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Protocols make difference in calf health

Protocols make difference in calf health

Managing calf health is a team effort. Depending on the size of the farm, that could mean a variety of people have responsibility for calf health, husbandry, biosecurity, cleaning, feeding and even euthanasia.

The key to the best possible outcomes in all aspects of raising and managing calves is consistency. And one of the best ways to achieve that is by developing a strong and detailed set of protocols, or standard operating procedures.

In a step-by-step way protocols detail routine on-farm procedures involved in everything from managing and treating certain diseases or conditions, and implementing biosecurity, to managing vaccination regimens or handling euthanasia. The goal is that any new farm employee could read them and understand how the tasks should be performed, resulting in a consistent approach regardless of who is completing the job.

Ultimately, following standard processes will result in healthier calves while also reducing the cost of production by ensuring a producer is compliant with drug-withdrawal periods, making it easier to train new employees, and maximizing treatment success by reducing the number of errors or missed treatments.

A treatment protocol for Bovine Respiratory Disease and pneumonia, for example, will describe early symptoms of the condition to help one detect which animals might be sick. A scoring chart of the severity of clinical signs helps determine whether or not an antimicrobial treatment is required, followed by a list of acceptable treatment options, the dose and frequency, and necessary withdrawal times.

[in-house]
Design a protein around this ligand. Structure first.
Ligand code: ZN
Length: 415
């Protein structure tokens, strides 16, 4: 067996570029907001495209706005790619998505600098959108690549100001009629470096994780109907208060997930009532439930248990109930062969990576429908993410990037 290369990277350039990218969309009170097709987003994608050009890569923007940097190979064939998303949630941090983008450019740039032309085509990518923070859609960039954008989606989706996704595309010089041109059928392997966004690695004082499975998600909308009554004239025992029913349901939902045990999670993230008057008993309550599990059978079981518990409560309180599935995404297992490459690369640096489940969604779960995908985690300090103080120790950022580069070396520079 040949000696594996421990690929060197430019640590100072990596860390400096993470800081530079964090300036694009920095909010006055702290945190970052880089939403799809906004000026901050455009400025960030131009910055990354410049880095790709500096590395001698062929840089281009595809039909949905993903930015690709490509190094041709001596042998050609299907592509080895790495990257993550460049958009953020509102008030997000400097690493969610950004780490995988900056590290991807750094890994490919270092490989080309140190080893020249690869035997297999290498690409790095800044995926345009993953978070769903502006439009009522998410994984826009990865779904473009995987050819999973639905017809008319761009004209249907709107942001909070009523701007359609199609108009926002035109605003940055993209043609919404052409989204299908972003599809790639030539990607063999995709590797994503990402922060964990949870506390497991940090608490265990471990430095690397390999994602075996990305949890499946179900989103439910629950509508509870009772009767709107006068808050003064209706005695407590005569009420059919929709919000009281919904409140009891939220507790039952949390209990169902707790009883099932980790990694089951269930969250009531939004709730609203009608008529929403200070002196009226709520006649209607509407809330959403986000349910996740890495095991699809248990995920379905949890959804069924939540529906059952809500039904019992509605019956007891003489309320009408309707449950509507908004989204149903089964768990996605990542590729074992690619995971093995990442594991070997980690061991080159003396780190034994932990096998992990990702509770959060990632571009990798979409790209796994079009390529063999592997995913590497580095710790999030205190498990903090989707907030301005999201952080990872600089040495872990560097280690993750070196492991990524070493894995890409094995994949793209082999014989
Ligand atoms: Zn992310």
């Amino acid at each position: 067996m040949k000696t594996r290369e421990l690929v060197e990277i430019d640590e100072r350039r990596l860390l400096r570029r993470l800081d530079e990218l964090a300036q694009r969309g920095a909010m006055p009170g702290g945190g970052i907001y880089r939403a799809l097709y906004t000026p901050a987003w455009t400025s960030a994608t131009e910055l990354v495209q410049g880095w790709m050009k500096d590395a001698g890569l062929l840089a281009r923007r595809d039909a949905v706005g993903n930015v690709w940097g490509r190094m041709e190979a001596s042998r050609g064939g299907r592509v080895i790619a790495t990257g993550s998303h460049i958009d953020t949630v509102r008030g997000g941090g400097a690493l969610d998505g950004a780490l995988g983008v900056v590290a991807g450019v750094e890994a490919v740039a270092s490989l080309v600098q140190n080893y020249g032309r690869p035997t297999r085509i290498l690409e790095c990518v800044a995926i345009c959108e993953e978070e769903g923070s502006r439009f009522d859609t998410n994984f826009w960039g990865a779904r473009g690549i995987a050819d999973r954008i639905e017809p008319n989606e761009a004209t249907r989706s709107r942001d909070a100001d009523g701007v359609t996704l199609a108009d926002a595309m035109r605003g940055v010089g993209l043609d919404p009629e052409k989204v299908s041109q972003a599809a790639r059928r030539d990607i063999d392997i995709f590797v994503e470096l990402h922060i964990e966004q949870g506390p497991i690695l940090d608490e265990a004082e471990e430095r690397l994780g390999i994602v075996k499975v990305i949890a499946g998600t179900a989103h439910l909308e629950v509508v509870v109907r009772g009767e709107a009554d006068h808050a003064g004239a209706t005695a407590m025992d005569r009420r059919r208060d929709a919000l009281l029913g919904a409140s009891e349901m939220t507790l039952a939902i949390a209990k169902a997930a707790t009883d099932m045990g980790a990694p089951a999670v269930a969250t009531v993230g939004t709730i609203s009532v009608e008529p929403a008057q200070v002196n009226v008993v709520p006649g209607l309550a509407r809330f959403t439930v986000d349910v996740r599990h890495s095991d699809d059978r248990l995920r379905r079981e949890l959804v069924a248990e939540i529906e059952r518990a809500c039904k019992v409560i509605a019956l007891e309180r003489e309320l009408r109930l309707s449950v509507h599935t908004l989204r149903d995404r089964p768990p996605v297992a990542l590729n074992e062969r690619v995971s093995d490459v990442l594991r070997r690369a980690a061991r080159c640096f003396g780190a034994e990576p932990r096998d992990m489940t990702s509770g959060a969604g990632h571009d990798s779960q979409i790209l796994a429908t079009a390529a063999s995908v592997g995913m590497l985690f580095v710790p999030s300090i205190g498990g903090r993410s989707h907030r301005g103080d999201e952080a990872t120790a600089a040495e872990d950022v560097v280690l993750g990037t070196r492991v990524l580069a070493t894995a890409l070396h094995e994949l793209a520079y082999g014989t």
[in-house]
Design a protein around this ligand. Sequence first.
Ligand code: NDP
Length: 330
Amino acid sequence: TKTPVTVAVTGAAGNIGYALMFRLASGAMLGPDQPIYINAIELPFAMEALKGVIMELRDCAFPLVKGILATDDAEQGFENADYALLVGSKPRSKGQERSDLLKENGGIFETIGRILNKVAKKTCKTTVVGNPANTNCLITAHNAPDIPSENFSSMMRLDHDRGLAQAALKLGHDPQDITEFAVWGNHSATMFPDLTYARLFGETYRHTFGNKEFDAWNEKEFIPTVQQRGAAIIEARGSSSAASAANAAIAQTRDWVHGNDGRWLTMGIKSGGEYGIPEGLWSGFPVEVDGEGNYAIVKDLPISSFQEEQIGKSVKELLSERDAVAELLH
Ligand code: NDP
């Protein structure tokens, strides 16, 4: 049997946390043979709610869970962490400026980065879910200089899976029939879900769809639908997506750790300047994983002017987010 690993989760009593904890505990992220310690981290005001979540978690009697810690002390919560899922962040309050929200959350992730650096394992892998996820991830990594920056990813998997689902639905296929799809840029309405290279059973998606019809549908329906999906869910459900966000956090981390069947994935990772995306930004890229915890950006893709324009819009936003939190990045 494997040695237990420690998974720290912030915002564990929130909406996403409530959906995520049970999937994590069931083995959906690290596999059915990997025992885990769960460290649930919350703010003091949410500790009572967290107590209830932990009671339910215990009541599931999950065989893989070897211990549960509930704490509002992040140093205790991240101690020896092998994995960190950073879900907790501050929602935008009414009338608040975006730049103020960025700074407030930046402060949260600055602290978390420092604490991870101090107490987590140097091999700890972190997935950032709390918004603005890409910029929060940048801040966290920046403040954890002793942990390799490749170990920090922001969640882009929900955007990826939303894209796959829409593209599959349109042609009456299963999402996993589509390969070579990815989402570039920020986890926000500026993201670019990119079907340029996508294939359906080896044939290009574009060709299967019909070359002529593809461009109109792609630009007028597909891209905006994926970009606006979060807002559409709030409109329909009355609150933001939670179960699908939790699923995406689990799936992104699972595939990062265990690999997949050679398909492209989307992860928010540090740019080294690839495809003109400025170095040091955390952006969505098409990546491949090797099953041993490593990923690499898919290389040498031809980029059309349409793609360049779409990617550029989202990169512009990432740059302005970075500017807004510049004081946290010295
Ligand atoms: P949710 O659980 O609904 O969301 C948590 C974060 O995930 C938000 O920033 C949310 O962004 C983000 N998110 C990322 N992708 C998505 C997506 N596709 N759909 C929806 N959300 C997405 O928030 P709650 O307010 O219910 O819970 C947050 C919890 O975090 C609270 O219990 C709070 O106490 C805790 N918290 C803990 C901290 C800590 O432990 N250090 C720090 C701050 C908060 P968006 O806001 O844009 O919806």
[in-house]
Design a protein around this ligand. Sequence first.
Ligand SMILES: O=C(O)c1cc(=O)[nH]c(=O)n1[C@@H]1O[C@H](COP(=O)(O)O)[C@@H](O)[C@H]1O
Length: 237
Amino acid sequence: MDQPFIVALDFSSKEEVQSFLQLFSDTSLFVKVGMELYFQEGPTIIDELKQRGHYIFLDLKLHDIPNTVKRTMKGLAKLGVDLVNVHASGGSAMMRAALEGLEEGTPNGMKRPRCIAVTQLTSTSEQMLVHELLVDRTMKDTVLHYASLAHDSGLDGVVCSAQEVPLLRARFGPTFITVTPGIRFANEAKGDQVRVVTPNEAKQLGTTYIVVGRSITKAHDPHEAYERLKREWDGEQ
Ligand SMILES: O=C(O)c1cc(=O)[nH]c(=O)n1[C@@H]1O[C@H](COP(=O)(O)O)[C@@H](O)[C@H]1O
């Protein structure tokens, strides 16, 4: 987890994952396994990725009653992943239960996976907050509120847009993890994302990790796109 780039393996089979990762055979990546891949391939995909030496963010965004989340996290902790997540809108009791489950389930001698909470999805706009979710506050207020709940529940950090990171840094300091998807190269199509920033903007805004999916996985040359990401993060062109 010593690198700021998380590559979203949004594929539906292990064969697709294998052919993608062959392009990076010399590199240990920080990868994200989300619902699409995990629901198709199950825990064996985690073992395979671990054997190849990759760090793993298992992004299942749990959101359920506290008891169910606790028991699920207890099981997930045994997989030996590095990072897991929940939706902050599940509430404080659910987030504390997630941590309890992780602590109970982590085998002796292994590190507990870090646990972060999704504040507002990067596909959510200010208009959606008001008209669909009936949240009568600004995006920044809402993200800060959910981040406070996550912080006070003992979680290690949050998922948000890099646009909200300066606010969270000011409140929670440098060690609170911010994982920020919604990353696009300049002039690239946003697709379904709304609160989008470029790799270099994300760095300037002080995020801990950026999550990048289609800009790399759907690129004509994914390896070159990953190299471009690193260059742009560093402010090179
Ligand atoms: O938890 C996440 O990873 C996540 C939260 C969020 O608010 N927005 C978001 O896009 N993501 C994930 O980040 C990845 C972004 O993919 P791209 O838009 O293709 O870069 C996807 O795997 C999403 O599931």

The calf-vaccination protocol indicates at what age calves should be vaccinated against which diseases and with which vaccine. A biosecurity and cleaning protocol describes daily tasks to clean feeding equipment, automatic calf feeders, hutches and pens, as well as tips on how to best minimize possible disease transmission.

A veterinarian is the best partner in helping to develop and implement protocols appropriate for a specific farm. That’s because she or he has a broad range of knowledge about production practices, health and welfare, and can help put solutions in place that will work best for a specific herd and operation.

The website features a series of downloadable protocol templates that can be completed and customized with the help of a herd veterinarian.

Bovine Respiratory Disease

Calf vaccination

Cleaning and biosecurity

Dry cow vaccination


Navel infection treatment

Diarrhea treatment

A producer may already be following most or even all the best practices and procedures from memory, but it’s always best to have a written plan in place that considers all aspects of animal welfare and human safety. Proper documentation will also help benchmark performance and encourage continuous improvement.

This project was funded by the Canadian Agricultural Partnership, a five-year federal-provincial-territorial initiative.

Lilian Schaer is an agricultural writer. Her article was published on, the website of the Veal Farmers of Ontario.

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